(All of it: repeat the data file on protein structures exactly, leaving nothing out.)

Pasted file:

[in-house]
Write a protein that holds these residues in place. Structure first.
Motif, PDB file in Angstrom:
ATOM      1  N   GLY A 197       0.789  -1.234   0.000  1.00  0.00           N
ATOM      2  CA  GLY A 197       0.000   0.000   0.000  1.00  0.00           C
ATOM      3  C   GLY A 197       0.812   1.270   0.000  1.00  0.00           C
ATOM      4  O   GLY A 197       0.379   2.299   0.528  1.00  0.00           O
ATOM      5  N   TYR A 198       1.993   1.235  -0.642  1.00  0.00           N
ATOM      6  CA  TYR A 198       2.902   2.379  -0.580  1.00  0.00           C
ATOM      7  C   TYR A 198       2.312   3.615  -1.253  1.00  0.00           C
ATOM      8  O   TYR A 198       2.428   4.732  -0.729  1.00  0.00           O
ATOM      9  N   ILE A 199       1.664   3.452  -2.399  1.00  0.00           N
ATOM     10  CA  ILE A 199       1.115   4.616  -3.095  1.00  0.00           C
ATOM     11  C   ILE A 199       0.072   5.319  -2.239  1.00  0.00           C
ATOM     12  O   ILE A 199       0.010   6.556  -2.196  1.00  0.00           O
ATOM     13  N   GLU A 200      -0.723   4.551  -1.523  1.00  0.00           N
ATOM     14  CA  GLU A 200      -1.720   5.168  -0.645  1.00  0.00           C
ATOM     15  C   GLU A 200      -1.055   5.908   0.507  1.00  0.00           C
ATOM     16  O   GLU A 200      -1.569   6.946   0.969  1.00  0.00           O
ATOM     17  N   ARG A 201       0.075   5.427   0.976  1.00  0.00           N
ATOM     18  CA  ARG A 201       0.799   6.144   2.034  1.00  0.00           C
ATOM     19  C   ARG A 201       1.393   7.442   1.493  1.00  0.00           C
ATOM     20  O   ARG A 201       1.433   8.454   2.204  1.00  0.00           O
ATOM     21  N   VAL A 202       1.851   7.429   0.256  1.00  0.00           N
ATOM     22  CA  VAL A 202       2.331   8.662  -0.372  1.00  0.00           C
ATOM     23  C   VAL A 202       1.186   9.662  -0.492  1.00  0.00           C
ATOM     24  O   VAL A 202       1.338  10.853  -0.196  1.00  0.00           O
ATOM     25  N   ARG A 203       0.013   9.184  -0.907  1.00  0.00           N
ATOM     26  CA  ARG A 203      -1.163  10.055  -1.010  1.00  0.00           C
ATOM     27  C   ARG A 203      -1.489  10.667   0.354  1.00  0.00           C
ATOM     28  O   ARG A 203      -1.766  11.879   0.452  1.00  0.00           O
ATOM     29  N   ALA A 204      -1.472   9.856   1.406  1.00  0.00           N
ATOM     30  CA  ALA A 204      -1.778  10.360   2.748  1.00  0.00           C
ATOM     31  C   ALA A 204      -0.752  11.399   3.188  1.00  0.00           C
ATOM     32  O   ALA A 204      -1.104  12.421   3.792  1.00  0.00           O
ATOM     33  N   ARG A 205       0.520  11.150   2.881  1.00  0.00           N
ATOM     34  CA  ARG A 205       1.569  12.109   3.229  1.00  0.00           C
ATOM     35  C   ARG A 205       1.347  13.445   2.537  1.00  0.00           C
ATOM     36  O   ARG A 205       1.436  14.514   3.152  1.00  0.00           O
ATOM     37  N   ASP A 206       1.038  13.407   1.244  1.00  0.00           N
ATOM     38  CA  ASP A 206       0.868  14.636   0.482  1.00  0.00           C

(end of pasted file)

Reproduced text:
[in-house]
Write a protein that holds these residues in place. Structure first.
Motif, PDB file in Angstrom:
ATOM      1  N   GLY A 197       0.789  -1.234   0.000  1.00  0.00           N
ATOM      2  CA  GLY A 197       0.000   0.000   0.000  1.00  0.00           C
ATOM      3  C   GLY A 197       0.812   1.270   0.000  1.00  0.00           C
ATOM      4  O   GLY A 197       0.379   2.299   0.528  1.00  0.00           O
ATOM      5  N   TYR A 198       1.993   1.235  -0.642  1.00  0.00           N
ATOM      6  CA  TYR A 198       2.902   2.379  -0.580  1.00  0.00           C
ATOM      7  C   TYR A 198       2.312   3.615  -1.253  1.00  0.00           C
ATOM      8  O   TYR A 198       2.428   4.732  -0.729  1.00  0.00           O
ATOM      9  N   ILE A 199       1.664   3.452  -2.399  1.00  0.00           N
ATOM     10  CA  ILE A 199       1.115   4.616  -3.095  1.00  0.00           C
ATOM     11  C   ILE A 199       0.072   5.319  -2.239  1.00  0.00           C
ATOM     12  O   ILE A 199       0.010   6.556  -2.196  1.00  0.00           O
ATOM     13  N   GLU A 200      -0.723   4.551  -1.523  1.00  0.00           N
ATOM     14  CA  GLU A 200      -1.720   5.168  -0.645  1.00  0.00           C
ATOM     15  C   GLU A 200      -1.055   5.908   0.507  1.00  0.00           C
ATOM     16  O   GLU A 200      -1.569   6.946   0.969  1.00  0.00           O
ATOM     17  N   ARG A 201       0.075   5.427   0.976  1.00  0.00           N
ATOM     18  CA  ARG A 201       0.799   6.144   2.034  1.00  0.00           C
ATOM     19  C   ARG A 201       1.393   7.442   1.493  1.00  0.00           C
ATOM     20  O   ARG A 201       1.433   8.454   2.204  1.00  0.00           O
ATOM     21  N   VAL A 202       1.851   7.429   0.256  1.00  0.00           N
ATOM     22  CA  VAL A 202       2.331   8.662  -0.372  1.00  0.00           C
ATOM     23  C   VAL A 202       1.186   9.662  -0.492  1.00  0.00           C
ATOM     24  O   VAL A 202       1.338  10.853  -0.196  1.00  0.00           O
ATOM     25  N   ARG A 203       0.013   9.184  -0.907  1.00  0.00           N
ATOM     26  CA  ARG A 203      -1.163  10.055  -1.010  1.00  0.00           C
ATOM     27  C   ARG A 203      -1.489  10.667   0.354  1.00  0.00           C
ATOM     28  O   ARG A 203      -1.766  11.879   0.452  1.00  0.00           O
ATOM     29  N   ALA A 204      -1.472   9.856   1.406  1.00  0.00           N
ATOM     30  CA  ALA A 204      -1.778  10.360   2.748  1.00  0.00           C
ATOM     31  C   ALA A 204      -0.752  11.399   3.188  1.00  0.00           C
ATOM     32  O   ALA A 204      -1.104  12.421   3.792  1.00  0.00           O
ATOM     33  N   ARG A 205       0.520  11.150   2.881  1.00  0.00           N
ATOM     34  CA  ARG A 205       1.569  12.109   3.229  1.00  0.00           C
ATOM     35  C   ARG A 205       1.347  13.445   2.537  1.00  0.00           C
ATOM     36  O   ARG A 205       1.436  14.514   3.152  1.00  0.00           O
ATOM     37  N   ASP A 206       1.038  13.407   1.244  1.00  0.00           N
ATOM     38  CA  ASP A 206       0.868  14.636   0.482  1.00  0.00           C